Search terms: Martin Preslmayr
The Austrian Supreme Court recently ruled that a film distributor did not hold a dominant market position despite being a monopolist with regard to the film Chocolat. However, the decision may well be contrary to a prior ruling. A cohesive definition of the relevant market regarding film distribution is thus required.
Including: Reform; General Procedure; Cartels; Vertical Restrictions of Distribution; Merger Control; Dominant Market Position.
Amendments to the Cartel Act and the new Act on the Establishment of a Federal Competition Authority were published on April 16 2002, to take effect on July 1 2002. The Cartel Court's controversial decision in the Formil Case appears to have expedited the reforms.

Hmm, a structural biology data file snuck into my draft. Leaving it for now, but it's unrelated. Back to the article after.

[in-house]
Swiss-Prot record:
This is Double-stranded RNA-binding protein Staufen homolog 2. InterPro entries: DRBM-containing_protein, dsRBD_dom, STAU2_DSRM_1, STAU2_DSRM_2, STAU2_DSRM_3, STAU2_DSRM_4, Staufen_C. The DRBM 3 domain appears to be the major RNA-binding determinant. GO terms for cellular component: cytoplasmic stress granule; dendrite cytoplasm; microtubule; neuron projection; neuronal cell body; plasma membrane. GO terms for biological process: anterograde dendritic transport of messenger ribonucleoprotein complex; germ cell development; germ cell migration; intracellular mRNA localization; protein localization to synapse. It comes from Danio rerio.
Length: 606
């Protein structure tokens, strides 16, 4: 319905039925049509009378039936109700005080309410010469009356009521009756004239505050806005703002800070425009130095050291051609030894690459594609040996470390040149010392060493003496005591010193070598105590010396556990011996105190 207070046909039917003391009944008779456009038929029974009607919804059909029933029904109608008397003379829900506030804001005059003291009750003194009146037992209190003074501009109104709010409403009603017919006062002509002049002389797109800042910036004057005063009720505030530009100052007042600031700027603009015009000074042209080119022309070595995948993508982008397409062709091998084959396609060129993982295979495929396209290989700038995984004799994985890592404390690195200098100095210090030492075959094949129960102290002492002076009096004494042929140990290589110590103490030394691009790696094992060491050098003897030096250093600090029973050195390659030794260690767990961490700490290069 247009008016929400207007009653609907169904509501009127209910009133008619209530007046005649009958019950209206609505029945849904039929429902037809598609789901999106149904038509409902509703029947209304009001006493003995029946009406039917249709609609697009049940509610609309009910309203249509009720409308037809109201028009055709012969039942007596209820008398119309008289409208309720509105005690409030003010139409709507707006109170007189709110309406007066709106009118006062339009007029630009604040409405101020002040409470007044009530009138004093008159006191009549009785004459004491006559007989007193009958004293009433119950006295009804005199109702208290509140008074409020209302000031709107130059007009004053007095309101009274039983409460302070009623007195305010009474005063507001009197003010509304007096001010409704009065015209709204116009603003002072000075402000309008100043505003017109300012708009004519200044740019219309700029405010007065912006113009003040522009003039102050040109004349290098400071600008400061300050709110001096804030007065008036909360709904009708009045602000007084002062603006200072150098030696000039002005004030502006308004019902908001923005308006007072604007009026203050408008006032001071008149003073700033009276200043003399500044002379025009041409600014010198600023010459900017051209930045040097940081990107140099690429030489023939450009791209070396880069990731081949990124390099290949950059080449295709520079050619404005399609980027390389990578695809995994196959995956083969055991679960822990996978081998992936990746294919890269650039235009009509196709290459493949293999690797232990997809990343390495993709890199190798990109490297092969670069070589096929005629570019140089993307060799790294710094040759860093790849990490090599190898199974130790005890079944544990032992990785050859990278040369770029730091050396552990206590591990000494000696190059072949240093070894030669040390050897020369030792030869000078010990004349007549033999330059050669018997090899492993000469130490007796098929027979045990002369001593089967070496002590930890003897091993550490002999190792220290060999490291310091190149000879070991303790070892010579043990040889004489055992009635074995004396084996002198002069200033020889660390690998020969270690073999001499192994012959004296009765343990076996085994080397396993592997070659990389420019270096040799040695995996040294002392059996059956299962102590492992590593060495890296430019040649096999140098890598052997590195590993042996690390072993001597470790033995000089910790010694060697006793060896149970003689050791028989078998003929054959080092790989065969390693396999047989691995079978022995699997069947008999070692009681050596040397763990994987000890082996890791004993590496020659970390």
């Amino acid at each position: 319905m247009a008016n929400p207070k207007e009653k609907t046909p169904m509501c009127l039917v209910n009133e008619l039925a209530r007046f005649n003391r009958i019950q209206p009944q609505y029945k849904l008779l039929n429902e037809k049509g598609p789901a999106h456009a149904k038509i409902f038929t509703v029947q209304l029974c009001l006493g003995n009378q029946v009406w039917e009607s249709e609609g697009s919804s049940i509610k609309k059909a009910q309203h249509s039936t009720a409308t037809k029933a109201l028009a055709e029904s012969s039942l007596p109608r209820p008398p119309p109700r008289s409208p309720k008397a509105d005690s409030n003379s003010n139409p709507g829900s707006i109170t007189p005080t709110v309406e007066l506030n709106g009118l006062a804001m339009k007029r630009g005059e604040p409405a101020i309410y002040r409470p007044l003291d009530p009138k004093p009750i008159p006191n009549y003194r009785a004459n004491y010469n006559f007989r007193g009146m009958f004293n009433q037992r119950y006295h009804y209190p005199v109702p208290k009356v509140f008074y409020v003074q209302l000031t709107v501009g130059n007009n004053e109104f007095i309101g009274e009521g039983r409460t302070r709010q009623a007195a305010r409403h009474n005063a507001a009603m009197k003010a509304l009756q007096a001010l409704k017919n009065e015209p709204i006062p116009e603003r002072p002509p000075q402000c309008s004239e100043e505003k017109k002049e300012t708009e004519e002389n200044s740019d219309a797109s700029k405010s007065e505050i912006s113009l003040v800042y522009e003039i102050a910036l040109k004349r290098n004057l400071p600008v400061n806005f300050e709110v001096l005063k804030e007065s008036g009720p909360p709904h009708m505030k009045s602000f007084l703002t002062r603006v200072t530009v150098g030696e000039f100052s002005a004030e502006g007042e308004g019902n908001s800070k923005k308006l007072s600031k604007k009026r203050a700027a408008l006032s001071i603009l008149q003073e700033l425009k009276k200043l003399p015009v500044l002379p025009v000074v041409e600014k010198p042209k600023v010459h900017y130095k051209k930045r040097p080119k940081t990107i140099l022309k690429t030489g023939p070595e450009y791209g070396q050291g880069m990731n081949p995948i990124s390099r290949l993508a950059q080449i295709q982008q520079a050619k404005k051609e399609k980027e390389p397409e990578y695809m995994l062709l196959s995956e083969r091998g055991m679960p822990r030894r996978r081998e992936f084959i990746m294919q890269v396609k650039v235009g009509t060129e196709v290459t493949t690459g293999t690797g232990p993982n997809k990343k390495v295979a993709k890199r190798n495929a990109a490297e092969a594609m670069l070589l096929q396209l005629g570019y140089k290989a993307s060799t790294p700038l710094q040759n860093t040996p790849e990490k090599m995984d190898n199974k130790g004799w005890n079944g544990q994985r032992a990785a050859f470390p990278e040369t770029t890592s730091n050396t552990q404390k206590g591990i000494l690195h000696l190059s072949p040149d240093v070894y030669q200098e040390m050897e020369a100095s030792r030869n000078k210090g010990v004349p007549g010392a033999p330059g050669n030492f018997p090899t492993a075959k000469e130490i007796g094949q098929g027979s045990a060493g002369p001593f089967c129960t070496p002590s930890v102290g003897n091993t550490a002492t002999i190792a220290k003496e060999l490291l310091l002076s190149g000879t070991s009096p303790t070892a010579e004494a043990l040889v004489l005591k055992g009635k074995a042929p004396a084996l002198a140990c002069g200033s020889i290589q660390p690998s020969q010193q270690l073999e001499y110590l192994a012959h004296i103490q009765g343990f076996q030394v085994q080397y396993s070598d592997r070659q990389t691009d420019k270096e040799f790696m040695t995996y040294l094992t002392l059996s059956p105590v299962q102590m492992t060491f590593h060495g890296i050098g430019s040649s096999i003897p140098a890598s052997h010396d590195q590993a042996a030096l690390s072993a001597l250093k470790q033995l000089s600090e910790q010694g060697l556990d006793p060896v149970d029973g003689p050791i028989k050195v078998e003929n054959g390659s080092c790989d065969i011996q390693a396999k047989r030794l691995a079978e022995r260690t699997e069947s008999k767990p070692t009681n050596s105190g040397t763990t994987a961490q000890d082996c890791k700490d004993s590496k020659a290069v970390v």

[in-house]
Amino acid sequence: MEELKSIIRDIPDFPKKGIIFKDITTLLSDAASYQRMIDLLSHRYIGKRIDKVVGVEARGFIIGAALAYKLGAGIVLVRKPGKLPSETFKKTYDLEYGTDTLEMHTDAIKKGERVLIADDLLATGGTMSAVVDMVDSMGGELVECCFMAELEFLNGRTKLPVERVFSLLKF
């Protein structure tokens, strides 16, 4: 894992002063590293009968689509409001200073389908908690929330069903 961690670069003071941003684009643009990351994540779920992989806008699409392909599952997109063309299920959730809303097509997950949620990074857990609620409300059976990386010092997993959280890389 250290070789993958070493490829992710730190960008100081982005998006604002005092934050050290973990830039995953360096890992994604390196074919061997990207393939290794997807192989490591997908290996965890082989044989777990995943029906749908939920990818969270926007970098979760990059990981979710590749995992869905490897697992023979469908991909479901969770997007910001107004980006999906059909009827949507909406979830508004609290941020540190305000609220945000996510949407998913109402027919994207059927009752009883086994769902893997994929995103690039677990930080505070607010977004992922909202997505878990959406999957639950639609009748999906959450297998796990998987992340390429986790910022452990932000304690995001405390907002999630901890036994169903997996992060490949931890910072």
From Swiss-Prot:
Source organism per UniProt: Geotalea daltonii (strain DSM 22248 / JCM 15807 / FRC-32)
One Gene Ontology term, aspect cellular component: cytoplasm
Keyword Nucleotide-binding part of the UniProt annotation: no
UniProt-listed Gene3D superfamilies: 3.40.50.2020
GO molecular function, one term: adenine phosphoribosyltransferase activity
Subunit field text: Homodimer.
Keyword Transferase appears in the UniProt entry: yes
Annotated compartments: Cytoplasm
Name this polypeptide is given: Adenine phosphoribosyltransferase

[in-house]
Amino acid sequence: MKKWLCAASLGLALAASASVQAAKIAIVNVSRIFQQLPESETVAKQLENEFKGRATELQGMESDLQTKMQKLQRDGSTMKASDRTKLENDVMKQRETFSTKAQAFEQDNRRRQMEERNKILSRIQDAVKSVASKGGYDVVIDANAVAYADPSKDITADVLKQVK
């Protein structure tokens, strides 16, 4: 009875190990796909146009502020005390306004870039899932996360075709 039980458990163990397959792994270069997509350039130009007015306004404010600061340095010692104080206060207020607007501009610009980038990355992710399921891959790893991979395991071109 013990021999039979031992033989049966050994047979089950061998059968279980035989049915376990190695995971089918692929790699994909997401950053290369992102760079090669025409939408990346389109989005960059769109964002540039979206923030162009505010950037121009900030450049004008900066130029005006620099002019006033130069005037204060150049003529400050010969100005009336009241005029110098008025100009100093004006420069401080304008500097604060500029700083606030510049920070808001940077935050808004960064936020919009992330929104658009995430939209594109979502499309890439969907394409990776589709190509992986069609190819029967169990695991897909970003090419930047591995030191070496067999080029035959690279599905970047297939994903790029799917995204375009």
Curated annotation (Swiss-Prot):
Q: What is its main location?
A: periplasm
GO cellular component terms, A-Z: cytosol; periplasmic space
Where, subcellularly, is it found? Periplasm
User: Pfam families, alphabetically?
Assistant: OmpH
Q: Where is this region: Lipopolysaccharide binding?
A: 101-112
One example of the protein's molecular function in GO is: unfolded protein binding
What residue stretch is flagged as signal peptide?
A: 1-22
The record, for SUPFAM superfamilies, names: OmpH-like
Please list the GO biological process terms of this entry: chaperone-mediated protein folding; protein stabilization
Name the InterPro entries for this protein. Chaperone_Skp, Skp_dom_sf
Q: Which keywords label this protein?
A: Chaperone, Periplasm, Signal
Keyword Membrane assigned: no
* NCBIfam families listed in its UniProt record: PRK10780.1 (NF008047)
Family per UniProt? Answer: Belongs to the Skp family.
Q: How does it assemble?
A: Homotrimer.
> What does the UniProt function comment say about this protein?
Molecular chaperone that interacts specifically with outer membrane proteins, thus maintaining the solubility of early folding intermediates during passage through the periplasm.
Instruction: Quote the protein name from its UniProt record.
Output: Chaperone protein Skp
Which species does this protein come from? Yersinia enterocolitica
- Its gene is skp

Outright prohibitions of proposed mergers are rare in Austria. The Supreme Court has revoked a recent decision of the Cartel Court to this effect, and requested it to undertake additional factual research and issue a new decision.
The Austrian Cartel Court must be notified of a merger if three separate turnover thresholds are met. Recently, the court has begun to establish a new rule whereby a merger need not be notified if it has no appreciable effect in Austria.
The Austrian Supreme Court has confirmed that a most favoured treatment clause, which guarantees equal treatment of the parties to a contract as defined in the Neighbourhood Supply Act, cannot be considered an abuse of a dominant market position.